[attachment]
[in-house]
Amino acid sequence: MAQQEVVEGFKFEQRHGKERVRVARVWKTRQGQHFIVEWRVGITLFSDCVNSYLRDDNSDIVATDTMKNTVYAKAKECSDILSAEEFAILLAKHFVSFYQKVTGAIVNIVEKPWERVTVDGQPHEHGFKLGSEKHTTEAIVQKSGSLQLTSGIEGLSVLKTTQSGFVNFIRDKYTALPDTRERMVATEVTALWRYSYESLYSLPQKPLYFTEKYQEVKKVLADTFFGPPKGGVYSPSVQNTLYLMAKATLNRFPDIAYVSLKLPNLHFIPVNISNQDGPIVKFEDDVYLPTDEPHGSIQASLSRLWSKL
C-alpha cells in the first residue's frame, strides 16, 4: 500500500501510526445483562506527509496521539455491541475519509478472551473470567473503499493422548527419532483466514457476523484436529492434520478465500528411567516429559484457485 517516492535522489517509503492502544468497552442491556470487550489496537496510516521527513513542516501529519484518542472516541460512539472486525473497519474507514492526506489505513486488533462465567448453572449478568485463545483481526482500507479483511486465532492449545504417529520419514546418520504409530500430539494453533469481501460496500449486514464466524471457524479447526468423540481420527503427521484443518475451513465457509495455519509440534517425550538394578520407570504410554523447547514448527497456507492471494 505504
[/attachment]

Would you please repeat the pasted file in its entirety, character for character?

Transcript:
[in-house]
Amino acid sequence: MAQQEVVEGFKFEQRHGKERVRVARVWKTRQGQHFIVEWRVGITLFSDCVNSYLRDDNSDIVATDTMKNTVYAKAKECSDILSAEEFAILLAKHFVSFYQKVTGAIVNIVEKPWERVTVDGQPHEHGFKLGSEKHTTEAIVQKSGSLQLTSGIEGLSVLKTTQSGFVNFIRDKYTALPDTRERMVATEVTALWRYSYESLYSLPQKPLYFTEKYQEVKKVLADTFFGPPKGGVYSPSVQNTLYLMAKATLNRFPDIAYVSLKLPNLHFIPVNISNQDGPIVKFEDDVYLPTDEPHGSIQASLSRLWSKL
C-alpha cells in the first residue's frame, strides 16, 4: 500500500501510526445483562506527509496521539455491541475519509478472551473470567473503499493422548527419532483466514457476523484436529492434520478465500528411567516429559484457485 517516492535522489517509503492502544468497552442491556470487550489496537496510516521527513513542516501529519484518542472516541460512539472486525473497519474507514492526506489505513486488533462465567448453572449478568485463545483481526482500507479483511486465532492449545504417529520419514546418520504409530500430539494453533469481501460496500449486514464466524471457524479447526468423540481420527503427521484443518475451513465457509495455519509440534517425550538394578520407570504410554523447547514448527497456507492471494 505504